Bitcoin is back, sort of. The original cryptocurrency hasn’t regained the lofty highs of its bubble peak in late 2017, but it has climbed back up to about $10,000:
Predictions that Bitcoin would collapse have not borne fruit. Despite its bubbles and crashes, the cryptocurrency is now a semi-permanent feature of the global financial landscape.
What it is not, however, is a generally accepted currency. Although many retailers now accept Bitcoin, the overwhelming majority of day-to-day payments are done in regular old fiat currency. The mere fact that the dollar price of Bitcoin remains an important metric indicates that Bitcoin’s central value is as a speculative asset, rather than its usefulness as a medium of exchange.
It’s fairly obvious why. Because of Bitcoin’s price volatility, people don’t want to hang onto it for very long. No one wants to get their paycheck only to find that it has halved in value by the time it comes to buy groceries. Also, optimists who think Bitcoin’s value will continue to go up on average over time will be reluctant to part with it in exchange for something ephemeral like a pizza; better to hang onto the BTC and buy pizza with depreciating dollars instead. (Disclosure: I still own a small amount of Bitcoin.)
In fact, these two reasons are just different sides of the same coin: Basic finance theory says that in a reasonably efficient market, high expected returns come at the expense of high volatility. An asset like Bitcoin, or the U.S. dollar, can be a good investment or can be good for buying stuff, but unless the economy is deeply dysfunctional, it can’t be both.
Some economists, however, are thinking about how this situation might change, and whether Bitcoin — or some alternative cryptocurrency — might actually replace fiat money as the standard means of payment. This has big policy implications, because if it did become real money, cryptocurrency could interfere with central banks’ ability to manage the economy and the price level. It also matters for crypto investors’ wallets.
One possibility is that nothing needs to be done, and eventually Bitcoin will settle into a new low-volatility equilibrium, making it more suitable as a means of payment. Economists Michael Choi and Guillaume Rocheteau have made a model in which this happens. The problem is that the model sees Bitcoin competing with other commodity-like forms of money, such as gold or other cryptocurrencies. Their result relies on the idea that liquid assets will always be in short supply. In reality, Bitcoin is competing against fiat currencies that can be produced more or less costlessly.
A more plausible prediction comes from economists Jonathan Chiu and Thorsten Koeppl. Like other economists who have theorized about Bitcoin, they view cryptocurrency’s fundamental challenge as that of preventing double-spending — in other words, verifying electronically that someone really has the money when they make a payment. This issue of digital trust, after all, is the problem Bitcoin was designed to solve.
Chiu and Koeppl suggest that to become useful as a form of money, a cryptocurrency should be inflationary. The people who verify Bitcoin transactions, called miners, are now compensated for their usage of computing power by being awarded new Bitcoins, but the rewards are decreasing over time. One of the basic ideas of Bitcoin, which stems partly from the hard-money beliefs of its creators, is that the cryptocurrency should be deflationary — that its supply should be limited, and its value should increase over time due to increasing scarcity. This means that eventually, miners will have to be rewarded with transaction fees instead of new Bitcoins.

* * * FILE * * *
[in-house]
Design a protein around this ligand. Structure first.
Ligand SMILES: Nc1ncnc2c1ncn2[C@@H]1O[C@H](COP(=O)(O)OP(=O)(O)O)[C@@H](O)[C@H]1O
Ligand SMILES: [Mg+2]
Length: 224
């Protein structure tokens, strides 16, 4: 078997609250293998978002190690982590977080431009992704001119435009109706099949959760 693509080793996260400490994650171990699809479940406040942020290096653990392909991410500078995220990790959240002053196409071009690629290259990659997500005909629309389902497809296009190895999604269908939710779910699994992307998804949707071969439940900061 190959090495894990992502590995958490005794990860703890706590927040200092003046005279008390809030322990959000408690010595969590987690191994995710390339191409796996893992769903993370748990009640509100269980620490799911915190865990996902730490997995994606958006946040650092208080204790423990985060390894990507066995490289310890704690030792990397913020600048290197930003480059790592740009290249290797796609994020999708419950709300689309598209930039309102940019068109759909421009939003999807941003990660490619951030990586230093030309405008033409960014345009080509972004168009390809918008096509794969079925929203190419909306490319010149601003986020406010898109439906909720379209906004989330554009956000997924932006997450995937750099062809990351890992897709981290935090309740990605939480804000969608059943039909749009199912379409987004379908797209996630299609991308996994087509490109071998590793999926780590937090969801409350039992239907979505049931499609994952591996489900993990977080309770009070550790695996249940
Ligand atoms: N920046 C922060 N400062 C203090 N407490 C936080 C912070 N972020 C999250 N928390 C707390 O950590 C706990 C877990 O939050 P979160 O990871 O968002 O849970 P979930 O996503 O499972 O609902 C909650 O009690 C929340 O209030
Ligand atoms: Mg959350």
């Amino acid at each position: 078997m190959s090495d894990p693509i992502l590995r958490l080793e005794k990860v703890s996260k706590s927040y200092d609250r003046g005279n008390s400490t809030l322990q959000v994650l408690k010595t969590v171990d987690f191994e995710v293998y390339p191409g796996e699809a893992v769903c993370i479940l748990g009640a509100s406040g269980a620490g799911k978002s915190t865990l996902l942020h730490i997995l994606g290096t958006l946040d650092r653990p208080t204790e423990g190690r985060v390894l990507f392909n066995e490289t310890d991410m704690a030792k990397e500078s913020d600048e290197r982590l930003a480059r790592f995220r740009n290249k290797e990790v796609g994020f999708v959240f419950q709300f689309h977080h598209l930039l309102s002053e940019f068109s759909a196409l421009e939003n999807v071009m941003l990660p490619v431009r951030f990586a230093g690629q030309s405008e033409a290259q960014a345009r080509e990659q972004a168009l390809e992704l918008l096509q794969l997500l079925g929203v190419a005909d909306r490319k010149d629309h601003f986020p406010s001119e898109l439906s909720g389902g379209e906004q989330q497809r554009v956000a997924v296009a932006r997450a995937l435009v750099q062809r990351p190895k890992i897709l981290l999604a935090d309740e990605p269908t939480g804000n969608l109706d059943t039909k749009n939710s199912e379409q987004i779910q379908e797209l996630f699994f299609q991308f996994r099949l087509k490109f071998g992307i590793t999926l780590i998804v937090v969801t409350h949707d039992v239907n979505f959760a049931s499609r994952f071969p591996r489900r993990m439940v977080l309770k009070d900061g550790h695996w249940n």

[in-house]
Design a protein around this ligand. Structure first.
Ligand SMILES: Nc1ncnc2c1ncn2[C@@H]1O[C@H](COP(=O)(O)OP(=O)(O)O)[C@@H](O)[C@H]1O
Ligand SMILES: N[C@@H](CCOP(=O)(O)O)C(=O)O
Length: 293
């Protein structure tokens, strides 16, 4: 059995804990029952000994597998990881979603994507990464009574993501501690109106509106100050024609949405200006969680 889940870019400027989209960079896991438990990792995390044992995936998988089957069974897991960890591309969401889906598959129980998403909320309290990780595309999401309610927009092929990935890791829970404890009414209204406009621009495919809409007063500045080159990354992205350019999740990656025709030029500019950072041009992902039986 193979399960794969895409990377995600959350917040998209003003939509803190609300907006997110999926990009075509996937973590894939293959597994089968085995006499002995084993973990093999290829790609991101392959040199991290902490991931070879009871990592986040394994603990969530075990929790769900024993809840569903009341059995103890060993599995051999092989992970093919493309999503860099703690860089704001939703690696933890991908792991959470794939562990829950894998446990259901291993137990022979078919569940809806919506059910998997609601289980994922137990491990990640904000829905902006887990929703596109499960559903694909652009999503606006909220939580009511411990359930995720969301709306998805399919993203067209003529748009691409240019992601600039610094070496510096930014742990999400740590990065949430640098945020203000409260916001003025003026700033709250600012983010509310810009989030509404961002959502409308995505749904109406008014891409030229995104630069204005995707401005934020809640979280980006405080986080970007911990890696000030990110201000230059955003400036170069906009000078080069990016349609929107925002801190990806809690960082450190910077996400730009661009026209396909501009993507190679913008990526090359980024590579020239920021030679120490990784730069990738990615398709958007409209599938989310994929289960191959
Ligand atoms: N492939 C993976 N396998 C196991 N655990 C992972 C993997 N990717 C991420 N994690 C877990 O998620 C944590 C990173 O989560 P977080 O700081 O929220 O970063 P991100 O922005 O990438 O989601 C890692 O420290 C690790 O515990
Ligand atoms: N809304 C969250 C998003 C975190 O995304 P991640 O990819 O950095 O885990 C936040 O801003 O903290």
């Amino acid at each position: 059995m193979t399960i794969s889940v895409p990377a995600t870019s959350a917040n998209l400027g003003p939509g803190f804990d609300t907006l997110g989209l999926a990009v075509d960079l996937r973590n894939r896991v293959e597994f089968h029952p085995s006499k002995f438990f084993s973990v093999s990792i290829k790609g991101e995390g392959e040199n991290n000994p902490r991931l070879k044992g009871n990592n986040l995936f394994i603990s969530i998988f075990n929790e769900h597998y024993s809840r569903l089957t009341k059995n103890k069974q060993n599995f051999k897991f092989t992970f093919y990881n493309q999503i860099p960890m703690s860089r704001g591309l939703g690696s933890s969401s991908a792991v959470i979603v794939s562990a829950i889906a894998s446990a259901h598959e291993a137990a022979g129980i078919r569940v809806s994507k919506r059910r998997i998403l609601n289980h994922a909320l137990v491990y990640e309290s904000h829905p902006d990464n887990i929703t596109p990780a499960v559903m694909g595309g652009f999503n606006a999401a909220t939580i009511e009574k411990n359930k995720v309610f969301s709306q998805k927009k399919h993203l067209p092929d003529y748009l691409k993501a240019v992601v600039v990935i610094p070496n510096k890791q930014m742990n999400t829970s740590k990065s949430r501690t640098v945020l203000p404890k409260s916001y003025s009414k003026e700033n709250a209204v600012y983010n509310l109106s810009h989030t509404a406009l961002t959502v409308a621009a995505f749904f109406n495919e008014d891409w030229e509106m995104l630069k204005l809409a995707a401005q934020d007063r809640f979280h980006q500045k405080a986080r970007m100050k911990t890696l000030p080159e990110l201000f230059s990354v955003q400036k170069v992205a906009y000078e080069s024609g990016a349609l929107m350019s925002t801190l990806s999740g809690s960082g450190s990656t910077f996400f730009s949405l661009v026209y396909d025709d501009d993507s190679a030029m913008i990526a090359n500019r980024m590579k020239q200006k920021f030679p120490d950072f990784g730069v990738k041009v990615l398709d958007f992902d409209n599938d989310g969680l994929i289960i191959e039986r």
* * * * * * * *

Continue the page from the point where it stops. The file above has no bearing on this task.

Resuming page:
Chiu and Koeppl say this is a bad idea. Transaction fees, they note, are levied on a small population — that is, whoever is doing the transaction. To make it worth the miners’ while, the fees must be very high, which discourages people from transacting in Bitcoin. If miners are instead paid with inflation, the cost gets spread out among everyone who owns Bitcoin. Also, transaction fees make a double-spending attack more potentially lucrative, because creating a fake transaction would also save money on the fee. Thus, they recommend sticking with the inflation method of payment, and letting cryptocurrency depreciate over time like the U.S. dollar does.
This could be exactly what cryptocurrency needs in order to turn into real money. Negative expected returns — essentially, a low and stable inflation target — would make Bitcoin less attractive as a long-term investment. Instead of hoarding it, people would be fine getting rid of it in exchange for pizza. The currency’s value might then stabilize, as speculation decreased.
Abandoning the dream of deflationary digital gold might be hard for Bitcoin’s adherents to accept. But other cryptocurrencies, such as ZCash, Monero, Dash or Facebook Inc.’s Libra might step in to fill the gap. Of course, they would still have to overcome the technical problem of being able to handle large transaction volumes as cheaply and easily as a credit card company, but Chiu and Koeppl are confident that this is possible.
So ironically, cryptocurrency might only become a currency if it acts more like the U.S. dollar, with a low but predictable inflation target.